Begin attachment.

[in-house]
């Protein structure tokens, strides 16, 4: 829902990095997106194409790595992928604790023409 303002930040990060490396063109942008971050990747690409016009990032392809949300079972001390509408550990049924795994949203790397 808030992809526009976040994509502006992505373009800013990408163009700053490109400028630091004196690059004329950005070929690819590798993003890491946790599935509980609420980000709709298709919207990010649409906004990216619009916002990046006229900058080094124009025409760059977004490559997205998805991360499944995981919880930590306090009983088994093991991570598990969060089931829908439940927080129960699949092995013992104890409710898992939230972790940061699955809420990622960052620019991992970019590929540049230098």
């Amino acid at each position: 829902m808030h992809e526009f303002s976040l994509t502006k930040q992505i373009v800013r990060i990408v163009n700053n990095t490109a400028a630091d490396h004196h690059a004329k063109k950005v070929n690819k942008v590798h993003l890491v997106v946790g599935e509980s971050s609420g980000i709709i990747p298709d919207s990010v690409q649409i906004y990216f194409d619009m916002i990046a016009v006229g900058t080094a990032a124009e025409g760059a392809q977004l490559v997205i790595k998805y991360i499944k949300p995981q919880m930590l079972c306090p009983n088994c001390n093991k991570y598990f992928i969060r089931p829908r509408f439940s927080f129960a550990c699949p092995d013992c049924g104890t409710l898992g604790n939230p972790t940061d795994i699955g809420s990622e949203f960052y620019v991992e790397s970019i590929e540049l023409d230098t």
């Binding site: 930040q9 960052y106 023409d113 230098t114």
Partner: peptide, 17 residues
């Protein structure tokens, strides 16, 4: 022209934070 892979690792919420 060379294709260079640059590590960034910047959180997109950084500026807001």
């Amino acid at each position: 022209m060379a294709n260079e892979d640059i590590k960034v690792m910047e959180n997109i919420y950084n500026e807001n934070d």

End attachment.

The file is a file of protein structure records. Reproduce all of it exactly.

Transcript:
[in-house]
């Protein structure tokens, strides 16, 4: 829902990095997106194409790595992928604790023409 303002930040990060490396063109942008971050990747690409016009990032392809949300079972001390509408550990049924795994949203790397 808030992809526009976040994509502006992505373009800013990408163009700053490109400028630091004196690059004329950005070929690819590798993003890491946790599935509980609420980000709709298709919207990010649409906004990216619009916002990046006229900058080094124009025409760059977004490559997205998805991360499944995981919880930590306090009983088994093991991570598990969060089931829908439940927080129960699949092995013992104890409710898992939230972790940061699955809420990622960052620019991992970019590929540049230098």
């Amino acid at each position: 829902m808030h992809e526009f303002s976040l994509t502006k930040q992505i373009v800013r990060i990408v163009n700053n990095t490109a400028a630091d490396h004196h690059a004329k063109k950005v070929n690819k942008v590798h993003l890491v997106v946790g599935e509980s971050s609420g980000i709709i990747p298709d919207s990010v690409q649409i906004y990216f194409d619009m916002i990046a016009v006229g900058t080094a990032a124009e025409g760059a392809q977004l490559v997205i790595k998805y991360i499944k949300p995981q919880m930590l079972c306090p009983n088994c001390n093991k991570y598990f992928i969060r089931p829908r509408f439940s927080f129960a550990c699949p092995d013992c049924g104890t409710l898992g604790n939230p972790t940061d795994i699955g809420s990622e949203f960052y620019v991992e790397s970019i590929e540049l023409d230098t």
């Binding site: 930040q9 960052y106 023409d113 230098t114």
Partner: peptide, 17 residues
């Protein structure tokens, strides 16, 4: 022209934070 892979690792919420 060379294709260079640059590590960034910047959180997109950084500026807001």
């Amino acid at each position: 022209m060379a294709n260079e892979d640059i590590k960034v690792m910047e959180n997109i919420y950084n500026e807001n934070d």